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Posted: Apr 07, 2015

Nano-mechanical plasmonic phase modulator with potential for electronics

(Nanowerk News) Using standard semiconductor manufacturing equipment, a team from Argonne's Center for Nanoscale Materials (CNM), the National Institute of Standards and Technology (NIST), Rutgers University and the University of Colorado at Colorado Springs, has demonstrated a nano-mechanical plasmon phase modulator that can control and manipulate the flow of plasmons at the nanoscale without any degradation in optical performance. This novel device incorporates nano-mechanical elements to control the speed and wavelength of plasmons and may be a step towards faster computer architectures, as well as enabling other new electronics technologies ("Compact nanomechanical plasmonic phase modulators").
Optical interferometric picture of the actuated micromechanical bridges used to manipulate and control the flow of plasmons in the new plasmonic phase modulator
Optical interferometric picture of the actuated micromechanical bridges used to manipulate and control the flow of plasmons in the new plasmonic phase modulator. The device can introduce a maximum of 5 rad of phase modulation with low insertion and excess losses. (Image: Daniel López)
One of the critical technical barriers for integration of optical and electronic circuits is the large difference in sizes of their respective constitutive elements. Electronic circuit components transport information using electrons traveling down metallic nanostructures that can be fabricated at dimensions well below 100 nm. Optical circuits, on the other hand, use photons to transport information much faster than electrons, but the critical dimensions of its components need to be many times larger than the dimensions of conventional electronics (at least half the wavelength of the light). For smaller sizes, the propagation of light is obstructed by optical diffraction, which degrades the performance of the photonic circuits.
Tiny electron waves called plasmons may offer a solution to this size-compatibility problem, and have been considered potential candidates to merge electronics and photonics at the nanoscale. Plasmons combine the small size and manufacturability of electronics with the high speeds and data density of optics. They can be created by coupling light waves to electrons in metallic surfaces and can have dimensions much smaller than the wavelength of the original light, which opens the possibility of constructing miniaturized optoelectronic circuits with subwavelength components. To control and manipulate the flow of plasmons at the nanoscale still remains a very complicated task which is critical for nanophotonics optical communications architectures, on-chip optical switching, and reconfigurable plasmonic optics.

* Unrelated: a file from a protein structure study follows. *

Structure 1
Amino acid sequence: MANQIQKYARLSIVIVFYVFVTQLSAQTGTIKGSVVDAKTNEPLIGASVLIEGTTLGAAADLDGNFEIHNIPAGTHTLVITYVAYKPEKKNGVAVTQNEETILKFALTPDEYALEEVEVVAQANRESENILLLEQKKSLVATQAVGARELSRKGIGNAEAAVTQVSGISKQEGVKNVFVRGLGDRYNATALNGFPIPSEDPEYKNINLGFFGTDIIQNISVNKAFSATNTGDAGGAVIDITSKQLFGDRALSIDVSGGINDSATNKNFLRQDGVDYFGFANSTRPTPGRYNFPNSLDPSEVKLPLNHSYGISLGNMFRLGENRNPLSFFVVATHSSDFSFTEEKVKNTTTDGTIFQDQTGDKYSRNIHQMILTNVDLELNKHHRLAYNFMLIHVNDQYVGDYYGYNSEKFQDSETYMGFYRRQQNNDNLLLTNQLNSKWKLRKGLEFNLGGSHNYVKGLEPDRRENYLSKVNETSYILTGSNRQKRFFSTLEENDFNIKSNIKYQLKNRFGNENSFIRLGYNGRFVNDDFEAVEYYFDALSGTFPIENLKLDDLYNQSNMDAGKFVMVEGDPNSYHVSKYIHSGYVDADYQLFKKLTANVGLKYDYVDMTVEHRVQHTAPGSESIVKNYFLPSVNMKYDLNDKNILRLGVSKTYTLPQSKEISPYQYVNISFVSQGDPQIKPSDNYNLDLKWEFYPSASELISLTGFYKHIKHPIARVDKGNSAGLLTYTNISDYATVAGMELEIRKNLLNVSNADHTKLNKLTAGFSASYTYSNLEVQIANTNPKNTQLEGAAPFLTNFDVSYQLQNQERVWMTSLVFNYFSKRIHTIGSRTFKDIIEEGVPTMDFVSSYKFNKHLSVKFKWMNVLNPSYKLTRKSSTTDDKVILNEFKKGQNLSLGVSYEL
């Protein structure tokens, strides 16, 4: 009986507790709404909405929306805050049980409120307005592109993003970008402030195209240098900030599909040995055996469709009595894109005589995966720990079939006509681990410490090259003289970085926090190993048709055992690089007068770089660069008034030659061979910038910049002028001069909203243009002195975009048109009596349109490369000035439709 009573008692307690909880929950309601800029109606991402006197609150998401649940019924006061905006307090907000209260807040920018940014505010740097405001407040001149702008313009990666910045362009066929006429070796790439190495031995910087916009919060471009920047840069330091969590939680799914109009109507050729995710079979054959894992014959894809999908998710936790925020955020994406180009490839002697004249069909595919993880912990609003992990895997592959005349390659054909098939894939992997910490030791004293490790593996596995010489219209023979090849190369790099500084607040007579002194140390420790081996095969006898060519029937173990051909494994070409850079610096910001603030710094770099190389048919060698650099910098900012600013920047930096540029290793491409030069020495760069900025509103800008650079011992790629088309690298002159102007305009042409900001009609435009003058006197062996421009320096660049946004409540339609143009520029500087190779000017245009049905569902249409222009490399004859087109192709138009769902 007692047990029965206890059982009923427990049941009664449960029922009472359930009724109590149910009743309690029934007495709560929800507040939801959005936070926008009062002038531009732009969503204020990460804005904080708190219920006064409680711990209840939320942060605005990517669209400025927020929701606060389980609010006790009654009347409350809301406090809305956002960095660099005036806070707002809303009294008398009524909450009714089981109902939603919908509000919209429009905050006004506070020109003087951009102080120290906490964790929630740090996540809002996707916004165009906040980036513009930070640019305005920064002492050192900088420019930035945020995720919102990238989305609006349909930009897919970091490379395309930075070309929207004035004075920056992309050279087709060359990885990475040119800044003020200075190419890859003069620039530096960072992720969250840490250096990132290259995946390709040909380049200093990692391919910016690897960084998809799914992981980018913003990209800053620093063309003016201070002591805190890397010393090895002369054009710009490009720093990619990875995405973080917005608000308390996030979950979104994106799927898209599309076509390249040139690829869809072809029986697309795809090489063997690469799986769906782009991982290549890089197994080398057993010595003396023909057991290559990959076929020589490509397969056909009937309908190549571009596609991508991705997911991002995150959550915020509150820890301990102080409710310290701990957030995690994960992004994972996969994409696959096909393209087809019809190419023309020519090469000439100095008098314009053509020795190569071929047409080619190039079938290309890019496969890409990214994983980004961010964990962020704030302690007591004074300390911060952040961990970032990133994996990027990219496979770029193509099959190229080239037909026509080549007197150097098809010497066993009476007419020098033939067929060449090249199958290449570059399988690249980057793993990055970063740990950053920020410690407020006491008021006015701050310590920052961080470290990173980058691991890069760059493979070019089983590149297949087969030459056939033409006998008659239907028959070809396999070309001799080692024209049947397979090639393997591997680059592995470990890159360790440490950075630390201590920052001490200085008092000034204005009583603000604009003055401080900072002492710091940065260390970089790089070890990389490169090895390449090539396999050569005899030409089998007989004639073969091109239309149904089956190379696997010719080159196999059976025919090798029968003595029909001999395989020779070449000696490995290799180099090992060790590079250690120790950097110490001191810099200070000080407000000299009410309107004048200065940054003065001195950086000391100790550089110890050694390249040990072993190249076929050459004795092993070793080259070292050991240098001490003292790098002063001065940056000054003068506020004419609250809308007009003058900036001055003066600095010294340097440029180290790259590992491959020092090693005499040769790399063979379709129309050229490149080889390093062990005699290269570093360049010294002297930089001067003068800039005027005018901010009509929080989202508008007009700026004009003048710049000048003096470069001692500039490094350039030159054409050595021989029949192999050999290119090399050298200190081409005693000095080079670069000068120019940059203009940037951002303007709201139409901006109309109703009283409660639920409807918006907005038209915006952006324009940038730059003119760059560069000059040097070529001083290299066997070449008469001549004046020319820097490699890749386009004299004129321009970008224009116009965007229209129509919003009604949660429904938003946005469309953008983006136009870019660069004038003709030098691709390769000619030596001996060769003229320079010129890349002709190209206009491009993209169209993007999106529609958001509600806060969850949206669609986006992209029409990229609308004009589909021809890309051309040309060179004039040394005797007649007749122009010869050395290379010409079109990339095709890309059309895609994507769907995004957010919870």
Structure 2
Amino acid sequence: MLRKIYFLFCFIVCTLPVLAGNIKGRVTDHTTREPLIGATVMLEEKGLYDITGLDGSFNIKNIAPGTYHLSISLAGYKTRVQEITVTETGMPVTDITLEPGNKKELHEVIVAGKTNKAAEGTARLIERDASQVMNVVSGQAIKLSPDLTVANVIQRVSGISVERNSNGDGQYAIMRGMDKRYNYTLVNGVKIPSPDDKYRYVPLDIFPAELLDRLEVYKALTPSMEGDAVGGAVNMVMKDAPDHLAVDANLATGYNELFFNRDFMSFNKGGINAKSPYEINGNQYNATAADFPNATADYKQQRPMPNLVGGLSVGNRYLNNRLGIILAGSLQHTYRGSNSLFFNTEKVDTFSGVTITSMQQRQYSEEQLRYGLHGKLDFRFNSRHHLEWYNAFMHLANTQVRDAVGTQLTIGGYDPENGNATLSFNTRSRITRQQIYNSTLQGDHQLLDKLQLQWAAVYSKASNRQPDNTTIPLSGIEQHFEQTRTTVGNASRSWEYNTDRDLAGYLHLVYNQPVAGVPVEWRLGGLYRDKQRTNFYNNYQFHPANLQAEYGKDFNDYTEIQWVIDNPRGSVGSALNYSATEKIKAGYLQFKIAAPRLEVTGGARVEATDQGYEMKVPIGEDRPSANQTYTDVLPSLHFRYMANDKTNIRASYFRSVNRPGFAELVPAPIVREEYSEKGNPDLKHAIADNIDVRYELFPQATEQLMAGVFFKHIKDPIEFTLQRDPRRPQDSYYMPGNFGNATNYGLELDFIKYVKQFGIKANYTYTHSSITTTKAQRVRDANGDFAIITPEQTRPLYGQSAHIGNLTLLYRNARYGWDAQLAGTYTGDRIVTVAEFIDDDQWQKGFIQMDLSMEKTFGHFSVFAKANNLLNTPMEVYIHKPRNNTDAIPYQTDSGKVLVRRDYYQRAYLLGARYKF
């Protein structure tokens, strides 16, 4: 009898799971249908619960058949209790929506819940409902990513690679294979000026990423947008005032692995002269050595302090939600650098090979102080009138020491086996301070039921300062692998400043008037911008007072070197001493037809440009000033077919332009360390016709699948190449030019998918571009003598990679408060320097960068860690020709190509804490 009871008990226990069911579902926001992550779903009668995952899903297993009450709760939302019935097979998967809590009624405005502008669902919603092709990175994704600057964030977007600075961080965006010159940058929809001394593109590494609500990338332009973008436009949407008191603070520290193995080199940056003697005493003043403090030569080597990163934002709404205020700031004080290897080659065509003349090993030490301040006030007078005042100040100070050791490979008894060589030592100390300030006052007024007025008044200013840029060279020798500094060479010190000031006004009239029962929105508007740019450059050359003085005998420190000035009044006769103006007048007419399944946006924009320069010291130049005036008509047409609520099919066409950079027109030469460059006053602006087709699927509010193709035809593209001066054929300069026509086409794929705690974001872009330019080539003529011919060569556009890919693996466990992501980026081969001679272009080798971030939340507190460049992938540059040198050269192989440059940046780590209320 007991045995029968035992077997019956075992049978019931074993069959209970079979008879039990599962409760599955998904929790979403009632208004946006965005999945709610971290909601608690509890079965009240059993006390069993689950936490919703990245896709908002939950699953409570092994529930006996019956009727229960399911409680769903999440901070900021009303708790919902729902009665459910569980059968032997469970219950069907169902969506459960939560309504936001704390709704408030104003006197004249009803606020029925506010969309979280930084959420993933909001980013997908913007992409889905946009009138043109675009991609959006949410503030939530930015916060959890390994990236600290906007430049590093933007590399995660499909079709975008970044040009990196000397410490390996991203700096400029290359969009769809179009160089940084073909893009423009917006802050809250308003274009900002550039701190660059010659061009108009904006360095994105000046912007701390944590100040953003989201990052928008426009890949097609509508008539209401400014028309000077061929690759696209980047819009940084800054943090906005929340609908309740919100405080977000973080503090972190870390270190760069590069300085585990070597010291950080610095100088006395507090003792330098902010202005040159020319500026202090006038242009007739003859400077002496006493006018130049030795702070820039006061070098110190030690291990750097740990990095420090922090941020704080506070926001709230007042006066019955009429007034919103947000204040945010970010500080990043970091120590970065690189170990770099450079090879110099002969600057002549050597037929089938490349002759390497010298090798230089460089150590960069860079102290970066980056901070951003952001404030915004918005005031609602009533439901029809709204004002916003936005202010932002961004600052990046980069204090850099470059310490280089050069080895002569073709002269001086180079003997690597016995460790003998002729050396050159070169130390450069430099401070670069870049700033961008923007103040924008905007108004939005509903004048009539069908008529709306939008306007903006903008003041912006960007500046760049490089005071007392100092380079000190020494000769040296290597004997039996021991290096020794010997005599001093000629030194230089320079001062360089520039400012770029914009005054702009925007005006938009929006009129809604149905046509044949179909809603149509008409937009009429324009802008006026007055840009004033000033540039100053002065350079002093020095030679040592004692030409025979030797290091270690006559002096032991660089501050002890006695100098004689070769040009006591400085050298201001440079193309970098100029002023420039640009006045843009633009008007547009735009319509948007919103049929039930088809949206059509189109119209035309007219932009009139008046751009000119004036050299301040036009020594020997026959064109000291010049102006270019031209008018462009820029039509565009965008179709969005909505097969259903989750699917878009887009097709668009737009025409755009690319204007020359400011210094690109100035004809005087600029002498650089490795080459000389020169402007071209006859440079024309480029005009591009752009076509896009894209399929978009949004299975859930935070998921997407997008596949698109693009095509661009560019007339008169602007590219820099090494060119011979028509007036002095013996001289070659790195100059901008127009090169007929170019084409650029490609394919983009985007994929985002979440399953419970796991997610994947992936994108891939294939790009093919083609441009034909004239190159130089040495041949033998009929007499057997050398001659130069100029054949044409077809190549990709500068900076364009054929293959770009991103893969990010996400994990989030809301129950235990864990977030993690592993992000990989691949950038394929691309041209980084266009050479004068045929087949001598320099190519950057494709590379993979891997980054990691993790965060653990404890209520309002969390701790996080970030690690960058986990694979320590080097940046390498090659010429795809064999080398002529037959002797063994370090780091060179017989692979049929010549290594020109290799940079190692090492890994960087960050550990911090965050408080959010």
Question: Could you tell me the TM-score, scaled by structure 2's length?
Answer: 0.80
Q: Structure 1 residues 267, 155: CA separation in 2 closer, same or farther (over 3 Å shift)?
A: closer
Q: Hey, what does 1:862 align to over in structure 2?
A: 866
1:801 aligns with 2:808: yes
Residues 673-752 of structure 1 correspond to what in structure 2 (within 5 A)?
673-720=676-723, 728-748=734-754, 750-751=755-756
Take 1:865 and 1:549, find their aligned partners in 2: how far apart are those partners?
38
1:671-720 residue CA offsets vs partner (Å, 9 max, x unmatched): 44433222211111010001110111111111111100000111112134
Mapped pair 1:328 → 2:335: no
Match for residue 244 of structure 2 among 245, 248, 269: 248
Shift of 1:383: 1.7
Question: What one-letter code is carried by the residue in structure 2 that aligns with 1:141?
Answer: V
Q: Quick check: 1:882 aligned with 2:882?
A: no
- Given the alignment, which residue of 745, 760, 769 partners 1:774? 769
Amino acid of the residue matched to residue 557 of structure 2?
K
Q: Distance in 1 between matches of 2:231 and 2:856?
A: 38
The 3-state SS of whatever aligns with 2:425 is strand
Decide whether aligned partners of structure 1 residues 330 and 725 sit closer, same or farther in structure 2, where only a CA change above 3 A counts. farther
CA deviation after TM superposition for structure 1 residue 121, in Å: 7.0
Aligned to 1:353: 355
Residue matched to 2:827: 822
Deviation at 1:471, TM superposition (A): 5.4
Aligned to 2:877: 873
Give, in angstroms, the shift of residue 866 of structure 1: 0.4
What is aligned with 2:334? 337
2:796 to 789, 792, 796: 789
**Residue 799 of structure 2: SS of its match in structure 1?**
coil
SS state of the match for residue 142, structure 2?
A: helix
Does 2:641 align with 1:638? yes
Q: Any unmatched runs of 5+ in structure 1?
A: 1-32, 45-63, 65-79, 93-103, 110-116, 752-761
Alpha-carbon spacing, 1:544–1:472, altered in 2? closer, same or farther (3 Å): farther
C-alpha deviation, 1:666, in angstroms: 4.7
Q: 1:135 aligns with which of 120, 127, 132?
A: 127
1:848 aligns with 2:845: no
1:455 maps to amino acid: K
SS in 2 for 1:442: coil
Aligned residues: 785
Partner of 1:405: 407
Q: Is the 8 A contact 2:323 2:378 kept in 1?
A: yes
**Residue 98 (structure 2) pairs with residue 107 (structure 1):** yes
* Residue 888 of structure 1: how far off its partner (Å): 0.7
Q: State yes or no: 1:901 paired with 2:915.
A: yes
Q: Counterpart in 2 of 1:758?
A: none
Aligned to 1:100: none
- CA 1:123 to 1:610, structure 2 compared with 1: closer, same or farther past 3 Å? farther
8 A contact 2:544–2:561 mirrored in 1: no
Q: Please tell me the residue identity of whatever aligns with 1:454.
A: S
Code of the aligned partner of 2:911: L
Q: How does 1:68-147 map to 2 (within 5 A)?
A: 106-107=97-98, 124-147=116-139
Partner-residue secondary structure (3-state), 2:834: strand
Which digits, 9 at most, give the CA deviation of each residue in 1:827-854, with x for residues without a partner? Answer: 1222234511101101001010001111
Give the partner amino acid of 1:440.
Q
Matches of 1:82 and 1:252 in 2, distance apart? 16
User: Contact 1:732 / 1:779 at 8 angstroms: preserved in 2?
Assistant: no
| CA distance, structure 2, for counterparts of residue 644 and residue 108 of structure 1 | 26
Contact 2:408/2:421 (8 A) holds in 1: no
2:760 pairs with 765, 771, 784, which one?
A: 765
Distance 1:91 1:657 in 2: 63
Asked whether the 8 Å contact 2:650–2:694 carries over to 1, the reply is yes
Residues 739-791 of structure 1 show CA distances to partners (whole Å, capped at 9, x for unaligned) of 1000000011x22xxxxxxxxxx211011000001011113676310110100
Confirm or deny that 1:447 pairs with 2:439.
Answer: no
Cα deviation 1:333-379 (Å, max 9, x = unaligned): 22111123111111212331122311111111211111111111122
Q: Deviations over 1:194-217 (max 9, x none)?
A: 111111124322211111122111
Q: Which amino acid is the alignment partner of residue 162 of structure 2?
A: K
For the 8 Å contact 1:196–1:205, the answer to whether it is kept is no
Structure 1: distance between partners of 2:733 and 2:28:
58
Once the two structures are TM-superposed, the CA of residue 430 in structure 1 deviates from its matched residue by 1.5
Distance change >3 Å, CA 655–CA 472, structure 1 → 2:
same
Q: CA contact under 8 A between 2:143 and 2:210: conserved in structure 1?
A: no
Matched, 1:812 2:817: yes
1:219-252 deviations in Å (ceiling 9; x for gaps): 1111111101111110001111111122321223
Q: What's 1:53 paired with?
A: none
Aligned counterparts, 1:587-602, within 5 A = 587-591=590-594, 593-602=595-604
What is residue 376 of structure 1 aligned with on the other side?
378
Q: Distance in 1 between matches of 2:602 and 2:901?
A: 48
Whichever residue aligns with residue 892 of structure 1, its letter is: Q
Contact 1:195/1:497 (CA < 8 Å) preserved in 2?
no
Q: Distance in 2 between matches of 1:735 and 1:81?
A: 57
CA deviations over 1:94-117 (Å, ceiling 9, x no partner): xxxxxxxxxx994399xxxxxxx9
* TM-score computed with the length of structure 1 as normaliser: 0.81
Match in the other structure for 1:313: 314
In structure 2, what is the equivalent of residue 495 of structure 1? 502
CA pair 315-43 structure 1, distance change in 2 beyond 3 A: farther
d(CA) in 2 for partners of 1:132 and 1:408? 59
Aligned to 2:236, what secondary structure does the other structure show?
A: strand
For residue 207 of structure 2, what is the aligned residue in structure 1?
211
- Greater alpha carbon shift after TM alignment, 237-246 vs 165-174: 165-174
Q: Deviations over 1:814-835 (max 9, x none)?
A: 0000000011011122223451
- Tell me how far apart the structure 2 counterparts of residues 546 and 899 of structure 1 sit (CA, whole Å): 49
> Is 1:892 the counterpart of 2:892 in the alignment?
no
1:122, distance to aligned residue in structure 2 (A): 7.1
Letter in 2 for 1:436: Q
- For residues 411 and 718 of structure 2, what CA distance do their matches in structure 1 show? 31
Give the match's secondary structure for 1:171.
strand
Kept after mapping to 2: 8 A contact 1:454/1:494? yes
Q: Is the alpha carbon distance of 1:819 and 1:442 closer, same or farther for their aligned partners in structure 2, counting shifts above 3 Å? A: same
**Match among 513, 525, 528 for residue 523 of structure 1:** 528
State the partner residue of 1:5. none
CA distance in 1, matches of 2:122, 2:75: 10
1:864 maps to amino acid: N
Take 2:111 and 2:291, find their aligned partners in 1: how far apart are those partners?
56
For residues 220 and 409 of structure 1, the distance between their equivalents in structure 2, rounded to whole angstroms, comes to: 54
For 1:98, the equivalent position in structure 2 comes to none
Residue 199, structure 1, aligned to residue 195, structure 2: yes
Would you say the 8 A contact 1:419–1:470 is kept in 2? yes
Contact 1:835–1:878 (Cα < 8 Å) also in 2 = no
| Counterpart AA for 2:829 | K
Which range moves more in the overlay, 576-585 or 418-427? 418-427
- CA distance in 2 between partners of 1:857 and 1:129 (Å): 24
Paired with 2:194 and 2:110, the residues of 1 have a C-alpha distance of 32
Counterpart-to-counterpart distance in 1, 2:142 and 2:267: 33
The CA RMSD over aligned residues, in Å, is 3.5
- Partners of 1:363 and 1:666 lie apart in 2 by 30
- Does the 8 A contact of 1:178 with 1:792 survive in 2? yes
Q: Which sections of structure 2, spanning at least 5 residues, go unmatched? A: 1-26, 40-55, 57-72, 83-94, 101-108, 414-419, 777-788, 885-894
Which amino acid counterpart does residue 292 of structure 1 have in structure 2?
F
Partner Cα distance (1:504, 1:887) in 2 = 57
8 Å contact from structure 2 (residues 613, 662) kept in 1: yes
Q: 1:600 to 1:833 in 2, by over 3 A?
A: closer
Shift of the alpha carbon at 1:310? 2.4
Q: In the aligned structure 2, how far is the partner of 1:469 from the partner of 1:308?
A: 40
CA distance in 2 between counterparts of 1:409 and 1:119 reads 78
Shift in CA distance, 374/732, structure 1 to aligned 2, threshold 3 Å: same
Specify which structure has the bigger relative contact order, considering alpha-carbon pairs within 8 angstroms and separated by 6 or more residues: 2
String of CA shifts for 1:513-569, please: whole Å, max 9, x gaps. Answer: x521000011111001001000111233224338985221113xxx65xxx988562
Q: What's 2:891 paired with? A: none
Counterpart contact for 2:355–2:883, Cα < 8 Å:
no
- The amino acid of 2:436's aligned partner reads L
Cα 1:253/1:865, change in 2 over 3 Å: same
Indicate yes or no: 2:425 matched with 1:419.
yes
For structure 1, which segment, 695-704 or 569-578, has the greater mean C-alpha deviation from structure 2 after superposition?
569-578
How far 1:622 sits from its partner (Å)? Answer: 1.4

To begin to address this issue, the new nano-mechanical plasmon modulator consists of 11 deformable micron-size gold bridges suspended 270 nanometers on top of another metallic gold layer. Plasmons, created by a laser in the upper structure of the device, travel in the air-filled gap between the gold bridges and the bottom gold layer. When a voltage is applied, the bridges are electrostatically attracted toward the bottom layer, which reduces the size of the gap under the beams, slowing down the plasmons and reducing their wavelength. This effect can be used to selectively cancel the wave, allowing the devices to be used as an optical switch.
Nano-mechanical plasmon modulators incorporate nano-electro-mechanical-systems (NEMS) to precisely deform the path of a propagating plasmon. Since these NEMS were fabricated with conventional semiconductor fabrication processes and require actuation voltages compatible with the smallest high-speed transistors, the plasmon modulator can play a unique role as a building block for optoelectronic integration.
Although the current modulator is approximately 23 micrometers in length, calculations showed that the device could be shortened by a factor of 10, scaling the device’s footprint down by a factor of 100. By simultaneously reducing the device’s length and the size of the gap, the device’s modulation range was maintained without affecting its performance. The prototypes demonstrated that nano-mechanical phase tuning is efficient. This effect may be generalized to other tunable plasmonic devices that need to be made smaller, with more of them on the same chip, bringing them closer to practical applicaitons.
Small enough to serve in existing and future computer and communication architectures, this technology may also enable electrically tunable and switchable thin optical components that can be integrated into semiconductor devices using commercial semiconductor manufacturing processes. The prototypes were created using capabilities in CNM's Nanofabrication & Devices Group as well as at NIST.
Source: By Michelle Donovan, McMaster University
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